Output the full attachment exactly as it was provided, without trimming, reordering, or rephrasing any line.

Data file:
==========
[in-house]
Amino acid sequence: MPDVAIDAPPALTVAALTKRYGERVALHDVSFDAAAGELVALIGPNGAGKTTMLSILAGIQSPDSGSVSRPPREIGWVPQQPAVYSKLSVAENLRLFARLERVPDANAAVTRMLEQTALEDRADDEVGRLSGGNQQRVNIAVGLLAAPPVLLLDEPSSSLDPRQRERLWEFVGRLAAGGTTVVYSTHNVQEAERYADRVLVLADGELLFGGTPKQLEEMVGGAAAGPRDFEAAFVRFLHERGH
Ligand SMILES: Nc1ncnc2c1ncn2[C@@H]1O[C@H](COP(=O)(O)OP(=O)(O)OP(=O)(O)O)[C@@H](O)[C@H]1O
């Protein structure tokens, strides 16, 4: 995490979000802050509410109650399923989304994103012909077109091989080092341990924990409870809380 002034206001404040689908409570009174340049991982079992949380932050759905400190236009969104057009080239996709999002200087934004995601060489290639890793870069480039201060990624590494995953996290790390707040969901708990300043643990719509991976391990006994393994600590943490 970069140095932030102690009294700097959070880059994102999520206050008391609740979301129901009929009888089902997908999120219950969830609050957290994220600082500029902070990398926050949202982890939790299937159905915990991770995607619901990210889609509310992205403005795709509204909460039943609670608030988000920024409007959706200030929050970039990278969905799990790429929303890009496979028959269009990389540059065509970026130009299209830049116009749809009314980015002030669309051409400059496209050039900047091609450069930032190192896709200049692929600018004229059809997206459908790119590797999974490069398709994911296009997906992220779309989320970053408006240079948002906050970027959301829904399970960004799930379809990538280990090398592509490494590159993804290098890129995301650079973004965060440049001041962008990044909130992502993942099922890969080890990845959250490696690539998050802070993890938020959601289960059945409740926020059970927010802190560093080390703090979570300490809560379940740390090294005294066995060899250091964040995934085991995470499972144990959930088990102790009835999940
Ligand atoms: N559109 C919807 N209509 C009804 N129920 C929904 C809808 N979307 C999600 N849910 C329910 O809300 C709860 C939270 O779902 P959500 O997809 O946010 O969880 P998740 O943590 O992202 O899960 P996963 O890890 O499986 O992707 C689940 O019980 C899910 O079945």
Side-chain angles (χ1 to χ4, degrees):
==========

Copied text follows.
[in-house]
Amino acid sequence: MPDVAIDAPPALTVAALTKRYGERVALHDVSFDAAAGELVALIGPNGAGKTTMLSILAGIQSPDSGSVSRPPREIGWVPQQPAVYSKLSVAENLRLFARLERVPDANAAVTRMLEQTALEDRADDEVGRLSGGNQQRVNIAVGLLAAPPVLLLDEPSSSLDPRQRERLWEFVGRLAAGGTTVVYSTHNVQEAERYADRVLVLADGELLFGGTPKQLEEMVGGAAAGPRDFEAAFVRFLHERGH
Ligand SMILES: Nc1ncnc2c1ncn2[C@@H]1O[C@H](COP(=O)(O)OP(=O)(O)OP(=O)(O)O)[C@@H](O)[C@H]1O
């Protein structure tokens, strides 16, 4: 995490979000802050509410109650399923989304994103012909077109091989080092341990924990409870809380 002034206001404040689908409570009174340049991982079992949380932050759905400190236009969104057009080239996709999002200087934004995601060489290639890793870069480039201060990624590494995953996290790390707040969901708990300043643990719509991976391990006994393994600590943490 970069140095932030102690009294700097959070880059994102999520206050008391609740979301129901009929009888089902997908999120219950969830609050957290994220600082500029902070990398926050949202982890939790299937159905915990991770995607619901990210889609509310992205403005795709509204909460039943609670608030988000920024409007959706200030929050970039990278969905799990790429929303890009496979028959269009990389540059065509970026130009299209830049116009749809009314980015002030669309051409400059496209050039900047091609450069930032190192896709200049692929600018004229059809997206459908790119590797999974490069398709994911296009997906992220779309989320970053408006240079948002906050970027959301829904399970960004799930379809990538280990090398592509490494590159993804290098890129995301650079973004965060440049001041962008990044909130992502993942099922890969080890990845959250490696690539998050802070993890938020959601289960059945409740926020059970927010802190560093080390703090979570300490809560379940740390090294005294066995060899250091964040995934085991995470499972144990959930088990102790009835999940
Ligand atoms: N559109 C919807 N209509 C009804 N129920 C929904 C809808 N979307 C999600 N849910 C329910 O809300 C709860 C939270 O779902 P959500 O997809 O946010 O969880 P998740 O943590 O992202 O899960 P996963 O890890 O499986 O992707 C689940 O019980 C899910 O079945």
Side-chain angles (χ1 to χ4, degrees):